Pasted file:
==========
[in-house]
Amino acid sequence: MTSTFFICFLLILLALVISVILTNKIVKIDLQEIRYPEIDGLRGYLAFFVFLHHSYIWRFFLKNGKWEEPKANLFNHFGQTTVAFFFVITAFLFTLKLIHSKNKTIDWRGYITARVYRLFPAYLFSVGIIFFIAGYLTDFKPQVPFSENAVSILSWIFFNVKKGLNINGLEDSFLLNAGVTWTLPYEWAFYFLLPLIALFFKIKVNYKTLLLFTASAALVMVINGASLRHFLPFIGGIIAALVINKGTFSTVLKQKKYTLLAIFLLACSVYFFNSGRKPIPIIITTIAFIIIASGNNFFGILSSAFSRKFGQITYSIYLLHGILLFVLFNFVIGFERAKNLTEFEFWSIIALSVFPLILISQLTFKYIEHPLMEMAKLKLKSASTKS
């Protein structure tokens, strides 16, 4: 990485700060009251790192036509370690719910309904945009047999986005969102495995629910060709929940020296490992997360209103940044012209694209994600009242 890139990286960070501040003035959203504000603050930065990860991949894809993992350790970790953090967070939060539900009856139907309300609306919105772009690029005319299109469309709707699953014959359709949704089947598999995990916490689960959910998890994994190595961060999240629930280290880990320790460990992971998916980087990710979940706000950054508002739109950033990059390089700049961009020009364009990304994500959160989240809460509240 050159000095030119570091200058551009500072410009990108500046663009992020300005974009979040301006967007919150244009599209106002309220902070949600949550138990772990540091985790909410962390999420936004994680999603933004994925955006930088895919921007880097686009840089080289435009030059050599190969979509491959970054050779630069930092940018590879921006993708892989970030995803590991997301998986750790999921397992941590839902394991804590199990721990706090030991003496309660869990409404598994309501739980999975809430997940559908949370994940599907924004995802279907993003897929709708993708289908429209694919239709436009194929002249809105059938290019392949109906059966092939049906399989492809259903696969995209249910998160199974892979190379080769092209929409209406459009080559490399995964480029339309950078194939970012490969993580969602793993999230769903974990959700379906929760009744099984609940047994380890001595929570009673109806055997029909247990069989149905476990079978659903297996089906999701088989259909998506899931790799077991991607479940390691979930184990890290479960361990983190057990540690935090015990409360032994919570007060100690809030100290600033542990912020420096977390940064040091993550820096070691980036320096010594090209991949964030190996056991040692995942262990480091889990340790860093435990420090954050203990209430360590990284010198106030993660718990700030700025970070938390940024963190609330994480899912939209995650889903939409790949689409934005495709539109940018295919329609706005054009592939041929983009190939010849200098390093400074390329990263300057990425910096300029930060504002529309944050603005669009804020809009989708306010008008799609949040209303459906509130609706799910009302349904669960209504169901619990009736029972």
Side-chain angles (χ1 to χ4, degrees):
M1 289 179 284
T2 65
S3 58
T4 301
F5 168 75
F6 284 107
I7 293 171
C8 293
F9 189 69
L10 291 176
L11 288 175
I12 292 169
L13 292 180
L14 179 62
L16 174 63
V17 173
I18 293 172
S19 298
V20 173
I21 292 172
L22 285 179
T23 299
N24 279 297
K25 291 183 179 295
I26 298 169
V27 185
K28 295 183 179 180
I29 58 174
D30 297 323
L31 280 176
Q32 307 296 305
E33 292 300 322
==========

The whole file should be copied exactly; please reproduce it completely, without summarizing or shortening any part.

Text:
[in-house]
Amino acid sequence: MTSTFFICFLLILLALVISVILTNKIVKIDLQEIRYPEIDGLRGYLAFFVFLHHSYIWRFFLKNGKWEEPKANLFNHFGQTTVAFFFVITAFLFTLKLIHSKNKTIDWRGYITARVYRLFPAYLFSVGIIFFIAGYLTDFKPQVPFSENAVSILSWIFFNVKKGLNINGLEDSFLLNAGVTWTLPYEWAFYFLLPLIALFFKIKVNYKTLLLFTASAALVMVINGASLRHFLPFIGGIIAALVINKGTFSTVLKQKKYTLLAIFLLACSVYFFNSGRKPIPIIITTIAFIIIASGNNFFGILSSAFSRKFGQITYSIYLLHGILLFVLFNFVIGFERAKNLTEFEFWSIIALSVFPLILISQLTFKYIEHPLMEMAKLKLKSASTKS
């Protein structure tokens, strides 16, 4: 990485700060009251790192036509370690719910309904945009047999986005969102495995629910060709929940020296490992997360209103940044012209694209994600009242 890139990286960070501040003035959203504000603050930065990860991949894809993992350790970790953090967070939060539900009856139907309300609306919105772009690029005319299109469309709707699953014959359709949704089947598999995990916490689960959910998890994994190595961060999240629930280290880990320790460990992971998916980087990710979940706000950054508002739109950033990059390089700049961009020009364009990304994500959160989240809460509240 050159000095030119570091200058551009500072410009990108500046663009992020300005974009979040301006967007919150244009599209106002309220902070949600949550138990772990540091985790909410962390999420936004994680999603933004994925955006930088895919921007880097686009840089080289435009030059050599190969979509491959970054050779630069930092940018590879921006993708892989970030995803590991997301998986750790999921397992941590839902394991804590199990721990706090030991003496309660869990409404598994309501739980999975809430997940559908949370994940599907924004995802279907993003897929709708993708289908429209694919239709436009194929002249809105059938290019392949109906059966092939049906399989492809259903696969995209249910998160199974892979190379080769092209929409209406459009080559490399995964480029339309950078194939970012490969993580969602793993999230769903974990959700379906929760009744099984609940047994380890001595929570009673109806055997029909247990069989149905476990079978659903297996089906999701088989259909998506899931790799077991991607479940390691979930184990890290479960361990983190057990540690935090015990409360032994919570007060100690809030100290600033542990912020420096977390940064040091993550820096070691980036320096010594090209991949964030190996056991040692995942262990480091889990340790860093435990420090954050203990209430360590990284010198106030993660718990700030700025970070938390940024963190609330994480899912939209995650889903939409790949689409934005495709539109940018295919329609706005054009592939041929983009190939010849200098390093400074390329990263300057990425910096300029930060504002529309944050603005669009804020809009989708306010008008799609949040209303459906509130609706799910009302349904669960209504169901619990009736029972």
Side-chain angles (χ1 to χ4, degrees):
M1 289 179 284
T2 65
S3 58
T4 301
F5 168 75
F6 284 107
I7 293 171
C8 293
F9 189 69
L10 291 176
L11 288 175
I12 292 169
L13 292 180
L14 179 62
L16 174 63
V17 173
I18 293 172
S19 298
V20 173
I21 292 172
L22 285 179
T23 299
N24 279 297
K25 291 183 179 295
I26 298 169
V27 185
K28 295 183 179 180
I29 58 174
D30 297 323
L31 280 176
Q32 307 296 305
E33 292 300 322